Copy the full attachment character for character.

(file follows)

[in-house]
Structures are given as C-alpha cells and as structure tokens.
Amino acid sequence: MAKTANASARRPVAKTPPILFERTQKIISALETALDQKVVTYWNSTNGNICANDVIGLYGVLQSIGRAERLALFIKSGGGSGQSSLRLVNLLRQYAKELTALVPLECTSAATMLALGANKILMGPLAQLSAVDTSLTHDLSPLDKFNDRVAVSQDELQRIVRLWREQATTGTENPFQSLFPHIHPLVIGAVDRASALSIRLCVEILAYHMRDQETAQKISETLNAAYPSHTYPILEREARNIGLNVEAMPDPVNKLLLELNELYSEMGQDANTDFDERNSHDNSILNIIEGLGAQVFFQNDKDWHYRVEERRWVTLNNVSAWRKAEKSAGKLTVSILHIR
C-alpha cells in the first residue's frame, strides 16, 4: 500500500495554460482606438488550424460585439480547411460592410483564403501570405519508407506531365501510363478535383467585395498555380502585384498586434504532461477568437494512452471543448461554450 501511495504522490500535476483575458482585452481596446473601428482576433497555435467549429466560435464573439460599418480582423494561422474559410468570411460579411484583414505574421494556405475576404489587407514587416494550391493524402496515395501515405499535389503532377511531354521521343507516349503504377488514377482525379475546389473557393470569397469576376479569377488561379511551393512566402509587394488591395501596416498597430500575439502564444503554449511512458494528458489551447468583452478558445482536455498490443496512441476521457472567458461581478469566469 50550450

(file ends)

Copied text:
[in-house]
Structures are given as C-alpha cells and as structure tokens.
Amino acid sequence: MAKTANASARRPVAKTPPILFERTQKIISALETALDQKVVTYWNSTNGNICANDVIGLYGVLQSIGRAERLALFIKSGGGSGQSSLRLVNLLRQYAKELTALVPLECTSAATMLALGANKILMGPLAQLSAVDTSLTHDLSPLDKFNDRVAVSQDELQRIVRLWREQATTGTENPFQSLFPHIHPLVIGAVDRASALSIRLCVEILAYHMRDQETAQKISETLNAAYPSHTYPILEREARNIGLNVEAMPDPVNKLLLELNELYSEMGQDANTDFDERNSHDNSILNIIEGLGAQVFFQNDKDWHYRVEERRWVTLNNVSAWRKAEKSAGKLTVSILHIR
C-alpha cells in the first residue's frame, strides 16, 4: 500500500495554460482606438488550424460585439480547411460592410483564403501570405519508407506531365501510363478535383467585395498555380502585384498586434504532461477568437494512452471543448461554450 501511495504522490500535476483575458482585452481596446473601428482576433497555435467549429466560435464573439460599418480582423494561422474559410468570411460579411484583414505574421494556405475576404489587407514587416494550391493524402496515395501515405499535389503532377511531354521521343507516349503504377488514377482525379475546389473557393470569397469576376479569377488561379511551393512566402509587394488591395501596416498597430500575439502564444503554449511512458494528458489551447468583452478558445482536455498490443496512441476521457472567458461581478469566469 50550450